#15 Setting up Docker

December 23, 2022
See the code for this post on the docker-setup branch.

Today I was going to install an SQL database. It occurred to me that I would have to again do this separately for my local MacOS machine and the Ubuntu production server. This workflow is not ideal. Over time, we will introduce many more components to our app. Setting them up manually across different machines and environments would quickly prove unmanageable.

It's time to introduce Docker. We will use Docker to package our application into containers. A container is an isolated environment that includes all code, libraries, and dependencies it needs to run. This container can then be deployed on any machine that has Docker installed, and will always run in the same environment, regardless of the underlying operating system or hardware.

Today we'll start by containerizing the web server itself. The first step is to install Docker Desktop on the local MacOS. Docker Desktop is a full installation of Docker that also includes a nice GUI for inspecting and working with containers.

A Docker container runs from an image. When we launch a container, we are creating a new runtime environment based on the instructions specified within the image.

An image is specified via a Dockerfile. This file contains all necessary instructions for building the image, including the underlying operating system, programming language, required dependencies, and commands needed to start the application. Here's what our Dockerfile looks like:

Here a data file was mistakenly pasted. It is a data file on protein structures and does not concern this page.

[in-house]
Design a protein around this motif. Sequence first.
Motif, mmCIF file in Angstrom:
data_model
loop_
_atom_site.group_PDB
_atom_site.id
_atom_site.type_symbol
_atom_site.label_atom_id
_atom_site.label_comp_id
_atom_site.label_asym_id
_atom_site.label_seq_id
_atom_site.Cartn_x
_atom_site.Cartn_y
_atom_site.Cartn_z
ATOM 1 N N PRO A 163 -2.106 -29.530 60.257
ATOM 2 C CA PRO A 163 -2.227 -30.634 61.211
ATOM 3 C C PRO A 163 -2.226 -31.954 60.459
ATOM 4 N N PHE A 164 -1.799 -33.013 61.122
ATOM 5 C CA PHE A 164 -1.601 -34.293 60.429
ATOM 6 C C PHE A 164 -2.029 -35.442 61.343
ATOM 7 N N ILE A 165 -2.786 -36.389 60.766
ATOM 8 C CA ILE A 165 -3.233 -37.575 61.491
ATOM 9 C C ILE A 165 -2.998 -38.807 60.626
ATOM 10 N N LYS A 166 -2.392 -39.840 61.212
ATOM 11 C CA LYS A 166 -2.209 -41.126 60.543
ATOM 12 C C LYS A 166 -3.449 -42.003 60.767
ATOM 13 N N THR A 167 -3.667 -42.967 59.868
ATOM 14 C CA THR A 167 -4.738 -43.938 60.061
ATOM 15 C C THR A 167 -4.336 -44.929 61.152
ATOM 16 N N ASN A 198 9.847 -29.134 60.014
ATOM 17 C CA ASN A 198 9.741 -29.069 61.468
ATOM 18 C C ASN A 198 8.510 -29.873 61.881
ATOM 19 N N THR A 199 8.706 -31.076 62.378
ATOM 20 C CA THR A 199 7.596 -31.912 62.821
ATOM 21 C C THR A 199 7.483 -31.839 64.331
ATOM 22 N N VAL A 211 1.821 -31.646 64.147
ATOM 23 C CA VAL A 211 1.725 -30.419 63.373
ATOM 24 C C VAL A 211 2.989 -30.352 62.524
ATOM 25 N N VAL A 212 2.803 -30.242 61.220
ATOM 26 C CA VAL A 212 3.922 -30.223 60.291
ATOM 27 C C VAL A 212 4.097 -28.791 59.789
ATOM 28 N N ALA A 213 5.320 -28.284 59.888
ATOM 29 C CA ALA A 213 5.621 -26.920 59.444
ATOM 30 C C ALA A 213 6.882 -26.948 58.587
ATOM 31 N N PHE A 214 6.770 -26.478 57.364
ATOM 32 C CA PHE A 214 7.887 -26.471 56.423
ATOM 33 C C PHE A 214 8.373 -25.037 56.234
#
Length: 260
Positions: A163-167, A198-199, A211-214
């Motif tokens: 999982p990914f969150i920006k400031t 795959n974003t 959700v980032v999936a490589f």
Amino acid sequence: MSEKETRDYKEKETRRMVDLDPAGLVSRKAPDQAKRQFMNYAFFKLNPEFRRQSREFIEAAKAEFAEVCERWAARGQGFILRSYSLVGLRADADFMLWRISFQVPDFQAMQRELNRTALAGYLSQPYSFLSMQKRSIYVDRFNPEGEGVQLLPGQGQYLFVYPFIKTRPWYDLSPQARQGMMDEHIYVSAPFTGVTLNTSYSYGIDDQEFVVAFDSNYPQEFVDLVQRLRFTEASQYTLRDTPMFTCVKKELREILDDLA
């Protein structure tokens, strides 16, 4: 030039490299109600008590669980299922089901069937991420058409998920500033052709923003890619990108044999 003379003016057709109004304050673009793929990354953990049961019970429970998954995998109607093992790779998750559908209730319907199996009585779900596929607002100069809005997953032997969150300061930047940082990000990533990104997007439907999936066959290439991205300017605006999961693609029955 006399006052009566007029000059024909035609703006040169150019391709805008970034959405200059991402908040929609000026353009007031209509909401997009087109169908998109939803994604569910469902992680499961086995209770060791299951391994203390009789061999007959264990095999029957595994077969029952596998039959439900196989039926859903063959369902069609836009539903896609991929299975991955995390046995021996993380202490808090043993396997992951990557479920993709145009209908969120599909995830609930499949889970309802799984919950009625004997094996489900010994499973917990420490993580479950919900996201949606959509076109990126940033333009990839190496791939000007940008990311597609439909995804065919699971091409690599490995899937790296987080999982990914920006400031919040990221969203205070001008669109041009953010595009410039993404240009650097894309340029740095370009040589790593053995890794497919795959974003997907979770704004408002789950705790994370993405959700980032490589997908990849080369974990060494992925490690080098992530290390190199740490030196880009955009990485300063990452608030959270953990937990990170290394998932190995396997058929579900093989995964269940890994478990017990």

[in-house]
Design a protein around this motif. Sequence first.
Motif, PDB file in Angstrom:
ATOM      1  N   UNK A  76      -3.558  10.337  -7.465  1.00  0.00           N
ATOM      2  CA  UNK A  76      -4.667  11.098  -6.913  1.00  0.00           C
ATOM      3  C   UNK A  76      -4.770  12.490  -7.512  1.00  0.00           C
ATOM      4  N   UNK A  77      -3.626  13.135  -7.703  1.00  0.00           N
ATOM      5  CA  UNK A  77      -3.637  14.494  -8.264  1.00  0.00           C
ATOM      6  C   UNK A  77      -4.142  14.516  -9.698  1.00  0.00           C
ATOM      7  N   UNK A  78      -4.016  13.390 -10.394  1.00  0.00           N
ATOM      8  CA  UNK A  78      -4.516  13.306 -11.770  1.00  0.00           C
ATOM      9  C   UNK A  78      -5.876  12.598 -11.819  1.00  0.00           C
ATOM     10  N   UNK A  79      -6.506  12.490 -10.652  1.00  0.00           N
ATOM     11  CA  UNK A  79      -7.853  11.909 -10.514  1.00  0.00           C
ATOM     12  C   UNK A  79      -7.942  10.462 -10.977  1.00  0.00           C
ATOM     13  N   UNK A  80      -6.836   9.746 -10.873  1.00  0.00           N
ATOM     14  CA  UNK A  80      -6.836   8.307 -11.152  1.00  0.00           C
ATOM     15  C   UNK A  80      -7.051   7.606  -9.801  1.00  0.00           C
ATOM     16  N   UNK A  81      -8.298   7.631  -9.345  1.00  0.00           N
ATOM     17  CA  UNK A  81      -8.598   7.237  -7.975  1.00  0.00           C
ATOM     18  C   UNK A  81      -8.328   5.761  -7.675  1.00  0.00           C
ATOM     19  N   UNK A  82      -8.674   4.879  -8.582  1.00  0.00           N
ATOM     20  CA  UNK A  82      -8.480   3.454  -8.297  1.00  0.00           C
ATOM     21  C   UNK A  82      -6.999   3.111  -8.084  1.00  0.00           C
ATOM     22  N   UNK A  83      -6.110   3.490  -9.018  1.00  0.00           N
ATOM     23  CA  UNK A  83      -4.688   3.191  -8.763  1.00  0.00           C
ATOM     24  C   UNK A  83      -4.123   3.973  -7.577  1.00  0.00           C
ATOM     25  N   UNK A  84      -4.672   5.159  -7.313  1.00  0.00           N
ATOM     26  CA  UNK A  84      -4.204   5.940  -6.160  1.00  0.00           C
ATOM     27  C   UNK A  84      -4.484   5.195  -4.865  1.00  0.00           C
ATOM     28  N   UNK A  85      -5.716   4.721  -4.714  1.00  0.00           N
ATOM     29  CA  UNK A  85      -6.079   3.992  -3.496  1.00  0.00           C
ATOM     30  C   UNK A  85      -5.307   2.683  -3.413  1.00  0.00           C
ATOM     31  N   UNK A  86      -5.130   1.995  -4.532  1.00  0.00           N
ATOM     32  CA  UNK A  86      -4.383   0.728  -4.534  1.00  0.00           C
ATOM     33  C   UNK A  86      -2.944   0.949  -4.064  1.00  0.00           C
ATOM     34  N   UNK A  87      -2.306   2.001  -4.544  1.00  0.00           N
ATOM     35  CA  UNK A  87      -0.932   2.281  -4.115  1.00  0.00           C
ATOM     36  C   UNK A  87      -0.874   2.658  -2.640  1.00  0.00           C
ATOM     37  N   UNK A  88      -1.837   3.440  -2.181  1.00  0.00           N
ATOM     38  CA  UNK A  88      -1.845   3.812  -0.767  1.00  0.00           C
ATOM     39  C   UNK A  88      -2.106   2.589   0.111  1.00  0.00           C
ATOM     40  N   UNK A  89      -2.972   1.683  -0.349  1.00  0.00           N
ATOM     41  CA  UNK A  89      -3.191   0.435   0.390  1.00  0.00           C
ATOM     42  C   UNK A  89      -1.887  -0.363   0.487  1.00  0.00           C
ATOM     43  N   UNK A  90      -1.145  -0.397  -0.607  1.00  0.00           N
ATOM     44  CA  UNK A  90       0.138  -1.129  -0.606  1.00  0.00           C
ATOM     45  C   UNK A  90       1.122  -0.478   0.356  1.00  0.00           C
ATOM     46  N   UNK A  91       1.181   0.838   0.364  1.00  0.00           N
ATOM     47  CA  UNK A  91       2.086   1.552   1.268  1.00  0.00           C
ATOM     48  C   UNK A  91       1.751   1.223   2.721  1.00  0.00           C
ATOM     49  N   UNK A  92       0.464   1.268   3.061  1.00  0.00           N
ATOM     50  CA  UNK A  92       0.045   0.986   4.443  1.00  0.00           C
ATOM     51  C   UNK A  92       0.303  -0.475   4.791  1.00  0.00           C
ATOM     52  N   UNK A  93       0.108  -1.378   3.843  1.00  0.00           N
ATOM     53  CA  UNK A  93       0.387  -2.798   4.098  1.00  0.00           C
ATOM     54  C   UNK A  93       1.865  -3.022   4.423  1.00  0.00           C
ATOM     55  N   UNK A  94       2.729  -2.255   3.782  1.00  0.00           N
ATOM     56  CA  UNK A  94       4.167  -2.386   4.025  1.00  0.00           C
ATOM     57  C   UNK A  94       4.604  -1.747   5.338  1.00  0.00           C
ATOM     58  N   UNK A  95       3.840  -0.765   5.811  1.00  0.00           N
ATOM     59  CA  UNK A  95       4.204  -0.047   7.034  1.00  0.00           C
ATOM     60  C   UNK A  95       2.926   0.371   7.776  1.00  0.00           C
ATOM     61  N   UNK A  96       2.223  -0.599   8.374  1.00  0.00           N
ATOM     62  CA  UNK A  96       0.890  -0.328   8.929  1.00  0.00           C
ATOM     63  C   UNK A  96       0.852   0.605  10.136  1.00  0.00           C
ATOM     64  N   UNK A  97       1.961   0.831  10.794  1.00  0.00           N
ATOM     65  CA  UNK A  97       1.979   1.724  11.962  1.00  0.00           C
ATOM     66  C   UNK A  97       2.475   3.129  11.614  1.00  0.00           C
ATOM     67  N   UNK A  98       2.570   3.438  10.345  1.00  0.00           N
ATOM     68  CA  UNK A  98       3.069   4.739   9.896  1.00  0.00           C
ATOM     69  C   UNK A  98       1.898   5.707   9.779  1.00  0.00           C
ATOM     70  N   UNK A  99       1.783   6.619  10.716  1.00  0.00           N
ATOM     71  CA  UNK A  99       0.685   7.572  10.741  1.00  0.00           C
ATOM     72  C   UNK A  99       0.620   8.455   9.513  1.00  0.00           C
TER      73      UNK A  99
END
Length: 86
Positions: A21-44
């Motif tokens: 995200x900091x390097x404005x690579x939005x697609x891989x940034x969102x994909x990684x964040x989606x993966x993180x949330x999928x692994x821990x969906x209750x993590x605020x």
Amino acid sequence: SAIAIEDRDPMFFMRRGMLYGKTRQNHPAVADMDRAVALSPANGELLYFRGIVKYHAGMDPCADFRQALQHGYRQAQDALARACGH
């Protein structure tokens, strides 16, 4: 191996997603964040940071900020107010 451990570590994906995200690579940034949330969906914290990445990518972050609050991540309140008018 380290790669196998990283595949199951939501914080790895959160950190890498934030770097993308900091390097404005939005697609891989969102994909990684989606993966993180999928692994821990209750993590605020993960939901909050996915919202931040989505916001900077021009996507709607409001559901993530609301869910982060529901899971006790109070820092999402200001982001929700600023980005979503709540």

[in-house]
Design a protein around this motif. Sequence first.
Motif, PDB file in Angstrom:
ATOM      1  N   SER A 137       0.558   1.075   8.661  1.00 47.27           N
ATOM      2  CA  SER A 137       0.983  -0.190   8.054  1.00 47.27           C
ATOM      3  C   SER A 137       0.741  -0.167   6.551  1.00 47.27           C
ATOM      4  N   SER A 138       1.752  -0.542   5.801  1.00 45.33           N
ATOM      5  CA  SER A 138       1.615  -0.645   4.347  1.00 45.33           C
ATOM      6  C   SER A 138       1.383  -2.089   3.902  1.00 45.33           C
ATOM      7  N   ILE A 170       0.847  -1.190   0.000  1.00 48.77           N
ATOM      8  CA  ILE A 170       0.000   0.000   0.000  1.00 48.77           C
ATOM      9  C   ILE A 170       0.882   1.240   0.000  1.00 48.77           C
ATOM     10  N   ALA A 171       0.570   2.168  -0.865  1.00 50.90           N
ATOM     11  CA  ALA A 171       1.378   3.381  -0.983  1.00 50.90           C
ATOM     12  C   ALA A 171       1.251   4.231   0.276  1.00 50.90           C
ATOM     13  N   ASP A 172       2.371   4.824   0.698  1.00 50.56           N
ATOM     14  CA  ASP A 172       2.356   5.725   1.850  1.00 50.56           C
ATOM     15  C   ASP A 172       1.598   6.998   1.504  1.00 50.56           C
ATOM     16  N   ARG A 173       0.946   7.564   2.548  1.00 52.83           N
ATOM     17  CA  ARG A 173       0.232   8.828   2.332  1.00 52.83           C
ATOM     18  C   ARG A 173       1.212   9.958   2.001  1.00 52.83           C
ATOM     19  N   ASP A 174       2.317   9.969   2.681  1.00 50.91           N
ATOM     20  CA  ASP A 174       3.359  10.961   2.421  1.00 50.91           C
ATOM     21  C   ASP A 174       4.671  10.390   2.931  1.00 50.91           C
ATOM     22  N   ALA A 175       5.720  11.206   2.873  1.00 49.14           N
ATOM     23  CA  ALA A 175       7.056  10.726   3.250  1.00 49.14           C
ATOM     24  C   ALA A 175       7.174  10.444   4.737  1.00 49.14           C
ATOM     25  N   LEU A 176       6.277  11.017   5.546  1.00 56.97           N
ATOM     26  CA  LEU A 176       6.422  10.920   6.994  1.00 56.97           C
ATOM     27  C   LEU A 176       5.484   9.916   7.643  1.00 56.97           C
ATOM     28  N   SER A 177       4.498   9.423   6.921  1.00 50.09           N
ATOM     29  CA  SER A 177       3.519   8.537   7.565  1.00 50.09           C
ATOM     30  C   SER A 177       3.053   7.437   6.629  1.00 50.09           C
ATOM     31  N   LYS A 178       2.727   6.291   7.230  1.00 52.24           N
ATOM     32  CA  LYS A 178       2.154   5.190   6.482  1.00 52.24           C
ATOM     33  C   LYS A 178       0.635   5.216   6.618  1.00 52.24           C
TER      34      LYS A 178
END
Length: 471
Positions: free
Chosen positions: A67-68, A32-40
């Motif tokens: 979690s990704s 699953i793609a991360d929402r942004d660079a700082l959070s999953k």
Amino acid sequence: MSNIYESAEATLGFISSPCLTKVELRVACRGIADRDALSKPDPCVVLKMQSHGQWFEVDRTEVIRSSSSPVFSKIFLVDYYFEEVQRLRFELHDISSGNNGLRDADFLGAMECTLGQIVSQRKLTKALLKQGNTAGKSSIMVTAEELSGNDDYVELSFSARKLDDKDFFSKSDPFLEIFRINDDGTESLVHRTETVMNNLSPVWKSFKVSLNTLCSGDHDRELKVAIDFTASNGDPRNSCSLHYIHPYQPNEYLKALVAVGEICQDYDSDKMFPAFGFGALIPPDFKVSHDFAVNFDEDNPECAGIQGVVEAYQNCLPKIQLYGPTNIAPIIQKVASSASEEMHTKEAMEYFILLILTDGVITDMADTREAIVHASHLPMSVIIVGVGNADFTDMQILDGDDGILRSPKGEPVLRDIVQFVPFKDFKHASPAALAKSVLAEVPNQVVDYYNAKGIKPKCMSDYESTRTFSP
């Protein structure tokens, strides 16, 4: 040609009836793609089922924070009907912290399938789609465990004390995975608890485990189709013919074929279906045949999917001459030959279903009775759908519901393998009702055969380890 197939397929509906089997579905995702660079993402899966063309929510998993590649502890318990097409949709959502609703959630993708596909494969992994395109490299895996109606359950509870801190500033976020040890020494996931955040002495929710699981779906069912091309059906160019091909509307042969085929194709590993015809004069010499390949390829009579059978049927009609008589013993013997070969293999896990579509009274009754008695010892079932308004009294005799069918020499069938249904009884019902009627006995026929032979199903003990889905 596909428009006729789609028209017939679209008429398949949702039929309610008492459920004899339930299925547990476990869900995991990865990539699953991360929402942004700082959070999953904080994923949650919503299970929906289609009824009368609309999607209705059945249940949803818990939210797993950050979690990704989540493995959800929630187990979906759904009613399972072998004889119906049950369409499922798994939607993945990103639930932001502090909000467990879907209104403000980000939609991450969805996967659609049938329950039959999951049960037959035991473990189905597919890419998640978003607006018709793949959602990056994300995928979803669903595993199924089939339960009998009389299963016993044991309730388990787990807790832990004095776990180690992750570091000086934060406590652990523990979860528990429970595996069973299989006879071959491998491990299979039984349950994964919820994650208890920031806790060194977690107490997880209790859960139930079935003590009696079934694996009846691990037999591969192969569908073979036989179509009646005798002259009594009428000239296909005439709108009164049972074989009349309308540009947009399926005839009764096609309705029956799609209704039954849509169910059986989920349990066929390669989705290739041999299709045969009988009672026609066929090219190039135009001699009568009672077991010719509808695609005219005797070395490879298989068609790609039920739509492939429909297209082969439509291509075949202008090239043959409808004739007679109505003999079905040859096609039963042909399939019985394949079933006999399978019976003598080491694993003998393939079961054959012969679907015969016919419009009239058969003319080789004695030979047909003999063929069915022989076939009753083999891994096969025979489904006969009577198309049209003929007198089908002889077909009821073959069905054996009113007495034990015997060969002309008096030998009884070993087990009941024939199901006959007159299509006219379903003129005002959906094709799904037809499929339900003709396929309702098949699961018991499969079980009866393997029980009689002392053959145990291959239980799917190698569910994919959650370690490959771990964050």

FROM golang:1.18-alpine
COPY go.mod ./
COPY *.go ./
COPY static ./static
RUN go build -o /app
CMD [ "/app" ]

Here are the step-by-step instructions for building our image, as specified in our Dockerfile:

  • Download and install Alpine, a lightweight distribution of Linux. This base image already includes an installation of Go 1.18.
  • Set the working directory of the app. Note that here we are referring to the private filesystem inside the container. From now on, we can refer to our /app folder with the . directive.
  • Copy the files from /app to the container's root directory. This includes all .go files, go.mod and the static files served for our frontend app.
  • Build the binary.
  • Run the binary to start our web server.

We can now run the Docker build command to build our image. The first build takes a bit longer since Docker needs to download the base image. Subsequent builds are much faster.

docker build --tag app .

The . directive here refers to what Docker terms context - a set of files that Docker has access to while building the image. This includes the Dockerfile with instructions and any app files that need to be copied into the container.

Once we've built a Docker image, we can run it as a container. Here we include the following flags:

  • -d runs the container in the detached mode, so the app will keep running even when the terminal is disconnected.
  • --expose exposes port 8080 of the container.
  • -p binds an exposed container's port to the host machine's port. If we didn't do this, our app would not be accessible at localhost:8080. That's the level of isolation Docker provides by default.
  • -e passes the environment variable required by our web server.
docker run \
-d \
--name app \
--expose 8080 \
-p 8080:8080 \

We can now go to the browser and see if the app is being served at http://localhost:8080.

We can preview existing containers with the following command:

docker image ls

Finally, we can stop and remove a container like so:

sudo docker stop app
sudo docker rm app

In the next post, we will deploy a Docker container to our production server.

See the code for this post on the docker-setup branch.